Contractual Matters

Electronic signatures and OTPs[post_view before=""]

As we live in an online world, and because of the recent pandemic, electronic signatures are becoming more commonplace – and an increasing number of buyers and sellers are asking to sign their OTPs electronically.

Read More
Minors and immovable property
Contractual Matters

When ownership of immovable property is vested in a company[post_view before=""]

There are instances where ownership of land is vested in a company. Typically, a company is registered, usually with one or two directors, and such company then takes transfer of the immovable property. The land is then held in the name of the legal entity (being the company), with the individuals or directors who intend to stay there holding shares in the company.

Read More
Property Blog Articles | Advice | Contractual Matters | Market News
Contractual Matters

An ethical approach to fee discounts[post_view before=""]

Legal fees are regulated by tariff guidelines, which are issued by the Rules Board in terms of the Legal Practice Act. Although these tariffs are guidelines, they are typically followed in the conveyancing industry. As a result, if fees are ever queried, they can usually be backed up by the regulations issued in the Government Gazette from time to time.

Read More

Need more Snymans content?

Sign up for our monthly newsletter.

The right of first refusal

A right of first refusal is a mechanism in a contract that affords the holder of such right the preference to buy a particular property, should the owner ever choose to sell it.

Buying Property On Auction | Property Blog Articles

However, it is worth noting that the holder of the right to first refusal is under no obligation to purchase the property should it become available.

Lease agreements

This right will often be encountered in lease agreements. This affords the tenant the opportunity to buy the property should the landlord ever choose to sell it which is often beneficial to both the tenant (or buyer) and the landlord (or seller).

For a landlord, if the tenant chooses to exercise the right of first refusal and purchase the property, it means immediate access to a buyer and reduced costs typically involved in marketing and selling a property. In addition, many tenants become attached to the house they rent and have already put their own personality into it; being the first in line to purchase the property means that the tenant has certainty that they can continue to live in this home.

The selling price

The owner of the property is not bound by a specific price, but may not accept any offer from a third party unless the holder of the right has exercised such.

Tenants should be aware that when exercising such right, if a competing offer from a third party is made which is more attractive, the landlord can accept this offer should the tenant be unable to match the offer.

Disputing the right to first refusal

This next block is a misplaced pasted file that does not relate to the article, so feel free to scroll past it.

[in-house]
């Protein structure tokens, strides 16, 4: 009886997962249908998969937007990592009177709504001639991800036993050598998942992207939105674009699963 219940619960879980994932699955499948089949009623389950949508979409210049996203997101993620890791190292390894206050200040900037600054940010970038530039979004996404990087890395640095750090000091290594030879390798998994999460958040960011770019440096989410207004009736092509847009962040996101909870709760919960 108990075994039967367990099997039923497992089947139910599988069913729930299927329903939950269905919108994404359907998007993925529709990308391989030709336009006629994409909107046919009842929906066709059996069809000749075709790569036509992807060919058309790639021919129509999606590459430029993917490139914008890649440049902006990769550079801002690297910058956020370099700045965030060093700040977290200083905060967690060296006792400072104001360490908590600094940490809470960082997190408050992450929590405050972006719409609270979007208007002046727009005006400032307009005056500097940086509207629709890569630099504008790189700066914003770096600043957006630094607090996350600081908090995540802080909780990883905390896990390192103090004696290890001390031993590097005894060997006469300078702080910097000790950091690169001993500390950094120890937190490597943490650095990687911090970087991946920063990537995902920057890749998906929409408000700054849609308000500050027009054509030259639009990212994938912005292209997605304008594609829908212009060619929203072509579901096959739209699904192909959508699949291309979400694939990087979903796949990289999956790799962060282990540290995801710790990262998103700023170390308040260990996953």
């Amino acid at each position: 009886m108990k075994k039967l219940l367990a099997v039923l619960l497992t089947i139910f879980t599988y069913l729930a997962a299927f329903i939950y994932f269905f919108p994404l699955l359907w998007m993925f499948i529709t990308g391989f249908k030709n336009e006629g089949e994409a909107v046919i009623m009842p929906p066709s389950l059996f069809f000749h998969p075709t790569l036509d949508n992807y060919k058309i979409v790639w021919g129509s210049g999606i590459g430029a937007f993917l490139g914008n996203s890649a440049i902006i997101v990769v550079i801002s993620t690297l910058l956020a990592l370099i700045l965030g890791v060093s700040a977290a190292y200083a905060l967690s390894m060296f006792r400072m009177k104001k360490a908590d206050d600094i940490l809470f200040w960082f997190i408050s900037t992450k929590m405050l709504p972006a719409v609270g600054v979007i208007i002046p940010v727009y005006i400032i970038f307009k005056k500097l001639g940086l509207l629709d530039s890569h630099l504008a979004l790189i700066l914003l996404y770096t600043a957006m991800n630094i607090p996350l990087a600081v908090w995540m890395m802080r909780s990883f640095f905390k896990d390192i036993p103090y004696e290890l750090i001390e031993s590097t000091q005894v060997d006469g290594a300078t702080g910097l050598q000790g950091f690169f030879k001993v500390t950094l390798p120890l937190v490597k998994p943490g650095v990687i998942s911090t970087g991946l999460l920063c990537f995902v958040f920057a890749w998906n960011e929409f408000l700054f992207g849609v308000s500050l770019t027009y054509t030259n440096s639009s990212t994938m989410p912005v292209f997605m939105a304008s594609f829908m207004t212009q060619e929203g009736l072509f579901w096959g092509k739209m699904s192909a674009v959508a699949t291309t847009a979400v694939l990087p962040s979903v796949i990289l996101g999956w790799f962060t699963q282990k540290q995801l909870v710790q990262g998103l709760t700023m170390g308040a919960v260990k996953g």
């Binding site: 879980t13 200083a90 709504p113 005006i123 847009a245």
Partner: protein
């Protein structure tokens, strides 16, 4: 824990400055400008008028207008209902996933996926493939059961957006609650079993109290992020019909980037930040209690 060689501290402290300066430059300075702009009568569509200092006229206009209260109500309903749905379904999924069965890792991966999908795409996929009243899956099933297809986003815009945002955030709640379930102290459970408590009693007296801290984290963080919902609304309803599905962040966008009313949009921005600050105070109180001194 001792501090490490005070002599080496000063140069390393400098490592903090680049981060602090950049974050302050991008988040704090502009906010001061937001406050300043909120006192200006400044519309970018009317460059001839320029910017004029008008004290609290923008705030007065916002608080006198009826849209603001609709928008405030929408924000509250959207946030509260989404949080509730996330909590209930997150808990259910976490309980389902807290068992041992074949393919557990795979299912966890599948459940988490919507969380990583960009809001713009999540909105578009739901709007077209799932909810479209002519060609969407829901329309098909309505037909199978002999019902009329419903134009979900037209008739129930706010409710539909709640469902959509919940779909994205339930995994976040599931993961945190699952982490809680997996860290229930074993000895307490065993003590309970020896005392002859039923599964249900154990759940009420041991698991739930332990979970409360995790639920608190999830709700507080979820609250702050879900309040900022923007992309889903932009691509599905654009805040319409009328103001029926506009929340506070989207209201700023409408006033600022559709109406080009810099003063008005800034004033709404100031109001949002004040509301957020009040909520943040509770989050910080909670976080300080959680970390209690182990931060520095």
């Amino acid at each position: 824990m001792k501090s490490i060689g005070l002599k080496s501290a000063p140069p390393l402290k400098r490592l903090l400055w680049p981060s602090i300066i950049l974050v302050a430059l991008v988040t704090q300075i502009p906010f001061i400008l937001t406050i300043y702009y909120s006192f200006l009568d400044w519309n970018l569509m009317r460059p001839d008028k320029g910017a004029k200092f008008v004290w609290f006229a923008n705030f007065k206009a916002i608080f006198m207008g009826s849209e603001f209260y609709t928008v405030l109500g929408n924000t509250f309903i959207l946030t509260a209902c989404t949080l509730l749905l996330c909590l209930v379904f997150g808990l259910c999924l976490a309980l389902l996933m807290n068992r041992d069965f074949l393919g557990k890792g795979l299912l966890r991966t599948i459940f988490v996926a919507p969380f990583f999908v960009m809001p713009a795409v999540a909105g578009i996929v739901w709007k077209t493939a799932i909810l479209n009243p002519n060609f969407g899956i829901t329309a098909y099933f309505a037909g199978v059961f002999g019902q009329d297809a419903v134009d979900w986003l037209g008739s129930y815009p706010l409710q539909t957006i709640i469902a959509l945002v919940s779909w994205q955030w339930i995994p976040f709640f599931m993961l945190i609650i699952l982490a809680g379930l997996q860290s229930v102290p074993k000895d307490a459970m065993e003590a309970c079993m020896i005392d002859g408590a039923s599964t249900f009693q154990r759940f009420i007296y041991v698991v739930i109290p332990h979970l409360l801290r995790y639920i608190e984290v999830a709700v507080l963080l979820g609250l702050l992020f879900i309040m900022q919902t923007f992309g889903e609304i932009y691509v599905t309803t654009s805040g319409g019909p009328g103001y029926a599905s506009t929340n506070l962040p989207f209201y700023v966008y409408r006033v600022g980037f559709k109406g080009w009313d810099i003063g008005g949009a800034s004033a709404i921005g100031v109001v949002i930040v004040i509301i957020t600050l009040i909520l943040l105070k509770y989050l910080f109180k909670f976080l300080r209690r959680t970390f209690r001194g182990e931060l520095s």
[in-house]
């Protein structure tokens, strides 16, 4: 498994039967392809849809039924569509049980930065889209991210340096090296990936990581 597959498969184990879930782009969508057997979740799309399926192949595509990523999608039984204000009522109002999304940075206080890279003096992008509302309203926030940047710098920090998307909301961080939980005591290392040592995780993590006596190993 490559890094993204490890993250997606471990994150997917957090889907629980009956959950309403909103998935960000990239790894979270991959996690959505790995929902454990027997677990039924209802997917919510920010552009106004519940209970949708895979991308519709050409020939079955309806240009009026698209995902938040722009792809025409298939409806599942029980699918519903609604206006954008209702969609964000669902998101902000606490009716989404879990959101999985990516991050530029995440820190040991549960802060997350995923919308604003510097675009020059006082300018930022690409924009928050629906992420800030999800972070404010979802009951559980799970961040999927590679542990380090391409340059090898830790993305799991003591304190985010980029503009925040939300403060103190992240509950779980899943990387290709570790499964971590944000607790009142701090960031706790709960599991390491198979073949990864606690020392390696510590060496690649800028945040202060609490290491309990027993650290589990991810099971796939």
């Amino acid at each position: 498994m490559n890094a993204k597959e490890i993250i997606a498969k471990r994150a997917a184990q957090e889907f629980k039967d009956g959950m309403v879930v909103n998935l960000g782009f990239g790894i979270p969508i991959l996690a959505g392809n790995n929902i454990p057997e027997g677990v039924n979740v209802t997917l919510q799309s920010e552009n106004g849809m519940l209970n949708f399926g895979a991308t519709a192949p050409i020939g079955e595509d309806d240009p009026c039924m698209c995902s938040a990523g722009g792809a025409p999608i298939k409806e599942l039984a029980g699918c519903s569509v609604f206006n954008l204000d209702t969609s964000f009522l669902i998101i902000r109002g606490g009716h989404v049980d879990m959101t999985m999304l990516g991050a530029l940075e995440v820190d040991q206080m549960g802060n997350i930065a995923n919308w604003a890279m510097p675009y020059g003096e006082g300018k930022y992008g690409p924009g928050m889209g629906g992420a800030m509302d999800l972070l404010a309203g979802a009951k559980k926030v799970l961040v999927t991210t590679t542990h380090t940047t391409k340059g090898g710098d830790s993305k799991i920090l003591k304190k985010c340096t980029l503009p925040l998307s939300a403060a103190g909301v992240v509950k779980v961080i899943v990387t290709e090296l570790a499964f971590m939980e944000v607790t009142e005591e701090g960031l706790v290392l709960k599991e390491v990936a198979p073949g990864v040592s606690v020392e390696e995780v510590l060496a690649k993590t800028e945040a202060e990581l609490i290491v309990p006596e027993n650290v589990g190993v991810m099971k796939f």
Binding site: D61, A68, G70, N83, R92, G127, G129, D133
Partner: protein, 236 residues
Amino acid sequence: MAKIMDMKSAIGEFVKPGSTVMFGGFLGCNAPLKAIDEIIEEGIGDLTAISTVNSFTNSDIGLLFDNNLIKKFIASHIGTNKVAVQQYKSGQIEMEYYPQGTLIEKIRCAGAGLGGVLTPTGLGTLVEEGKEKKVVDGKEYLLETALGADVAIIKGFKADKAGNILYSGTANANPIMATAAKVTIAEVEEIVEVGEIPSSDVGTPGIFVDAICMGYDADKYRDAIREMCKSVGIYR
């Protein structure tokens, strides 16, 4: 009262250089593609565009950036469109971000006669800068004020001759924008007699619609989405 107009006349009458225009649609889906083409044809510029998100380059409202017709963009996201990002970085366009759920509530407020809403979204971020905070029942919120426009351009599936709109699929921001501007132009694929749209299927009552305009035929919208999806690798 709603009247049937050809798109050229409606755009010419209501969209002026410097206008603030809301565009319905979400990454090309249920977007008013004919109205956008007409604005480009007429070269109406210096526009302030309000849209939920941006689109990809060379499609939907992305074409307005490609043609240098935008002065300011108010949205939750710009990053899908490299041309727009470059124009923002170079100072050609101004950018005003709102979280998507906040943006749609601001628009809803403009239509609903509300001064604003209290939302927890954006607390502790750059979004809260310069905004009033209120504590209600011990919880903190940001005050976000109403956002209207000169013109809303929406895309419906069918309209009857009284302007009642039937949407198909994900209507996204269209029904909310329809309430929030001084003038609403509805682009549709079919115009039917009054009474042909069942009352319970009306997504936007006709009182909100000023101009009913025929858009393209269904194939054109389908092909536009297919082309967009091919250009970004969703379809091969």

In the case of Mokone v Tassos Properties CC and Another (2017) CC, a clause affording a right of first refusal was disputed. This simple, and some might say standard, term of the lease agreement lead to the parties being entrenched in litigious proceedings with the tenant disputing the transfer of the property by the landlord to a third party.

The main issue in the Mokone case was whether the right of first refusal was granted without the signature of both parties. The right was granted in the original lease, however the lease was later extended verbally and subsequently through written endorsement and the question then arose whether the right was renewed without expressly mentioning such.

In terms of our common law, the rule is that essential terms of the agreement will be renewed while collateral terms will not unless the parties expressly agree that these should also be included in the renewal.

The Court’s finding

In the above matter, the Constitutional Court held that when lay person(s) are renewing a lease on the same terms and conditions that were originally agreed upon, such collateral terms will also be renewed.

The Court’s reasoning behind the Mokone matter was that it was the intention of the parties to include the right of first refusal. As such, the court wanted to give effect to such intention, and on this basis overruled the common law practice. The Court held that if the common law principle was to be followed, this would unduly favour the landlord and it is not common for the ordinary lay person to distinguish between essential and collateral terms.

The effect is that the right of first refusal can be renewed without specifically including it in the renewal document.

Taking this into account, it is advisable to specifically discuss the terms of a lease prior to entering into or renewing such a contract whether this be for commercial or residential property. Such agreement should then be put into writing to avoid any points that could lead to a dispute at a later stage. Both landlords and tenants should make sure that their rights and obligations and the termination date of the lease is clearly set out.

Follow Snymans on Facebook for more legal information, tips and news about property.